If you could reboot any series or movie, what would it be and what would you change?

I love the core idea of Bernard’s Watch… a child who can stop time with a stopwatch is bloody great! However, If I recall, he never really used it for anything exciting, only for things like fetching items quickly or having a long lunch. I could envisage a wacky, fast-paced, animated adventure version of Bernard’s Watch where he stops time for much sillier, high-stakes reasons!

Are there any books or scripts that you would recommend to other writers? (can also be podcasts, youtube videos, blogs etc)

Apart from this blog!? *wink wink* I’m not really into screenwriting books as I find they can take the fun out of writing. One thing I would recommend is watching Curb Your Enthusiasm. The way that show intertwines wildly different stories then pays them all off together in incredible. Season 4 is a masterpiece!

What do you enjoy most about writing for kids?

Silliness isn’t just accepted, it’s encouraged! I never thought I’d end up writing for kids, but I really do love it. I’m a big kid who gets to sit at home writing silly stories all day!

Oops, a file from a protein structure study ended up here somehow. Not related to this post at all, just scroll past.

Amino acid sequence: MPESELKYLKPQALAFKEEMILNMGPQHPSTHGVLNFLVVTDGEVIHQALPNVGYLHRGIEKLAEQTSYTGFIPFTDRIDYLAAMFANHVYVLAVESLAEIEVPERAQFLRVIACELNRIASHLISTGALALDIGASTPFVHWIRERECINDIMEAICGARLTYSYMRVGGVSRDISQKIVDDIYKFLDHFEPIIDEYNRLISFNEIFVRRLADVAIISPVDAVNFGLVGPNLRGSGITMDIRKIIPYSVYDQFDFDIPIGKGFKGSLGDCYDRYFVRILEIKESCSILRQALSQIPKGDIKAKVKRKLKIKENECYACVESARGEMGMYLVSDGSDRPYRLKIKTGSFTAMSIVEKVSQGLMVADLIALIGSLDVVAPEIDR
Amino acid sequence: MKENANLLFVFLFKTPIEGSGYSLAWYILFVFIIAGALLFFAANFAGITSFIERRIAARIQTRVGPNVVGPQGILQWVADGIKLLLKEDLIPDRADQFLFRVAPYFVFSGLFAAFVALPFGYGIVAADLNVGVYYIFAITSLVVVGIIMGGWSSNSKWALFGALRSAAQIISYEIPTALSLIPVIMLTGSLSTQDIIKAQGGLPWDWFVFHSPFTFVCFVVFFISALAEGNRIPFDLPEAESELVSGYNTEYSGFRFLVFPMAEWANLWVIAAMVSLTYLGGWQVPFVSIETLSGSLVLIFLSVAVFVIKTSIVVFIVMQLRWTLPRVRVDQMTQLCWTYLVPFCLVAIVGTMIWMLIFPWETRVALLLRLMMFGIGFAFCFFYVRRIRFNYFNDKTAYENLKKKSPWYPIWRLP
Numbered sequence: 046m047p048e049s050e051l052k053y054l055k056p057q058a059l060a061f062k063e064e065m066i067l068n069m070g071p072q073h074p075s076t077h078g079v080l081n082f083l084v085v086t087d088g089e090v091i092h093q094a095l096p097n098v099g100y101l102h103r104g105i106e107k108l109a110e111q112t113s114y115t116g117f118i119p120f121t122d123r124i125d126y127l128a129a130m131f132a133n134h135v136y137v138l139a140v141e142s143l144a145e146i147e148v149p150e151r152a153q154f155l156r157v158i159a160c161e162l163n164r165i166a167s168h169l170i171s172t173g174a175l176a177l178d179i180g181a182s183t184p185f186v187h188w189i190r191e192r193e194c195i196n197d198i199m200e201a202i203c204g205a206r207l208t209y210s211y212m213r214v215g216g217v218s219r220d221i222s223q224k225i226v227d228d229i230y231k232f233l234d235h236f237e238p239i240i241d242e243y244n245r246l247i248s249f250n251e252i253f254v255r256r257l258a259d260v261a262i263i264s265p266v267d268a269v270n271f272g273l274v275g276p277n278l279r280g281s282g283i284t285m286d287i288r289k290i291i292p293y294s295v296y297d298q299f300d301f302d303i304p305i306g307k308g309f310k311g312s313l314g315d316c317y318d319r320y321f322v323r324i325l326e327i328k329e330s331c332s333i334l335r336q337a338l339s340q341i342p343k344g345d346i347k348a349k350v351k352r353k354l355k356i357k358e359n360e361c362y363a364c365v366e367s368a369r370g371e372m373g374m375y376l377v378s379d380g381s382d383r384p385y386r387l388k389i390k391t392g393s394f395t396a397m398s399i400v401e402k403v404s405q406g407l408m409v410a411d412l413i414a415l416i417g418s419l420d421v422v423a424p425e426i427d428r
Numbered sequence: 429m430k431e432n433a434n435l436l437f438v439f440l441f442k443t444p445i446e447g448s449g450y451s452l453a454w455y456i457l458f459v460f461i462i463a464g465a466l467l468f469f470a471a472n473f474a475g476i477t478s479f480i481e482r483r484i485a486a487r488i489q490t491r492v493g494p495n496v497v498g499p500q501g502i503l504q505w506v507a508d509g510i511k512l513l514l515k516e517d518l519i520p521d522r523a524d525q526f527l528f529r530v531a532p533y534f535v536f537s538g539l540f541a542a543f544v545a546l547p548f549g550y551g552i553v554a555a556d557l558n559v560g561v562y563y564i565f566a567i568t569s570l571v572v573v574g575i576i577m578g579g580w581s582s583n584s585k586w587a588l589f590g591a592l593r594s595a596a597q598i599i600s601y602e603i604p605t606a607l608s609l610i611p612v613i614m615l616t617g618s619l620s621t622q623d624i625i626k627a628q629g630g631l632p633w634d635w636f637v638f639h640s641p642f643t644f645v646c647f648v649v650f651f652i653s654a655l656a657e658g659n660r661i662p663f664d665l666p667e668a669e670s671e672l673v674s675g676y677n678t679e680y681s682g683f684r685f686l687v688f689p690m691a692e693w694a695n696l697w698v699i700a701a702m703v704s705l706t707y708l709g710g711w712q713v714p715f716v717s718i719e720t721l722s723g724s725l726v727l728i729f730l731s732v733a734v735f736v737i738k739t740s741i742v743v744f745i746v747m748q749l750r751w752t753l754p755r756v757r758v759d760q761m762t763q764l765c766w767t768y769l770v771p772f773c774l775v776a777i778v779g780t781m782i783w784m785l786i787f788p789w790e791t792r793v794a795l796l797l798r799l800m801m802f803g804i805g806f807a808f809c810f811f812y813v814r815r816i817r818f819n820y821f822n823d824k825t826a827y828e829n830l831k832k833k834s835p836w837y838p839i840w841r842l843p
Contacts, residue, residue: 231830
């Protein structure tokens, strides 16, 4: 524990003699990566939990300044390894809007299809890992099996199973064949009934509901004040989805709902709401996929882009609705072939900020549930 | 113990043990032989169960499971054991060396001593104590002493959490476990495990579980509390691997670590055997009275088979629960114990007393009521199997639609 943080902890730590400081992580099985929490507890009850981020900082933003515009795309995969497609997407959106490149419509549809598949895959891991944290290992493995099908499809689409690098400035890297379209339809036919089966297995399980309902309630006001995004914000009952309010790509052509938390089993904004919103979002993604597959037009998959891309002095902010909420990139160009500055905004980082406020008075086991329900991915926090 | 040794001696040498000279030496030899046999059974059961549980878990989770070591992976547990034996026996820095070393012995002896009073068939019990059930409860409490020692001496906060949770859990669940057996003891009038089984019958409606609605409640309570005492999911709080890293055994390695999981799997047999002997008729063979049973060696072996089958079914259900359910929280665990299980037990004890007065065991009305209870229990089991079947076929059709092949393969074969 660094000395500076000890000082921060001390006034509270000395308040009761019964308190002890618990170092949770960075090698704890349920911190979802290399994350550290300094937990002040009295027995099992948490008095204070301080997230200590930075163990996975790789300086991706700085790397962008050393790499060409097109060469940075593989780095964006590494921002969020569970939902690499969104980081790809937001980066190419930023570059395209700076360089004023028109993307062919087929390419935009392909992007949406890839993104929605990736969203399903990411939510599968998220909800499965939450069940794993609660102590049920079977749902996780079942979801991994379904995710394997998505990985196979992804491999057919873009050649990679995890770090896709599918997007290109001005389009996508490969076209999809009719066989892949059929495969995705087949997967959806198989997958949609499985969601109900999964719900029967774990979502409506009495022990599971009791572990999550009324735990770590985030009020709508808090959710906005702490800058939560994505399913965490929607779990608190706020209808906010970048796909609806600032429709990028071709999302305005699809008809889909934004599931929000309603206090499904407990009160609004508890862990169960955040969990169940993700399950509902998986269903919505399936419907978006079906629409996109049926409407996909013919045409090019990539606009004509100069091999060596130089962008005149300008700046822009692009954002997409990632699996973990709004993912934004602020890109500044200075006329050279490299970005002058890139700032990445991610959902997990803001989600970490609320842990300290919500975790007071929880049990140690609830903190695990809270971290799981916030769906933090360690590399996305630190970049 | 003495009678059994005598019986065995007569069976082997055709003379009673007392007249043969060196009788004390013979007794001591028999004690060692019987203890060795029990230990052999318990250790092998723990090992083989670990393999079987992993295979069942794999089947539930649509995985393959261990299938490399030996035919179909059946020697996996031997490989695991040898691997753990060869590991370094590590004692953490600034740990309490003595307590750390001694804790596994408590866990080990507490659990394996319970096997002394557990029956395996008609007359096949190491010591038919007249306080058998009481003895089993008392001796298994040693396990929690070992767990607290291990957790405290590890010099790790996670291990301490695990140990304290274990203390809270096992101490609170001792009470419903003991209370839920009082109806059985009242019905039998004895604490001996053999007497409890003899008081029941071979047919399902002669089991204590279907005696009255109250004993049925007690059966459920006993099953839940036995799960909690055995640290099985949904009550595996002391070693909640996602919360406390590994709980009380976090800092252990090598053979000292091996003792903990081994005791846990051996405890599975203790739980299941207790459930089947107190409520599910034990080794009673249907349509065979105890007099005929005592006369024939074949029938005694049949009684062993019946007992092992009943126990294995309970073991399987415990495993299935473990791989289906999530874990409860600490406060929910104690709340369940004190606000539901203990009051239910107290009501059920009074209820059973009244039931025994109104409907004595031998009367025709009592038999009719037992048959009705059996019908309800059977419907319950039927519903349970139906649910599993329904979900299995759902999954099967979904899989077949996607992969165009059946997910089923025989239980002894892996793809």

What’s the worst part of being a writer?

It’s lonely… especially during a pandemic! I completely understand why people form writing partnerships. I think the dream situation would be to spend a couple days a week in a studio with a team working on show development, then spend a few days at home writing by yourself.

What makes you laugh more than anything?

When my stupid friends do stupid things. Simple as that!

You can follow Oliver on Twitter, visit his website, and connect on LinkedIn. He is represented by Culverhouse Associates.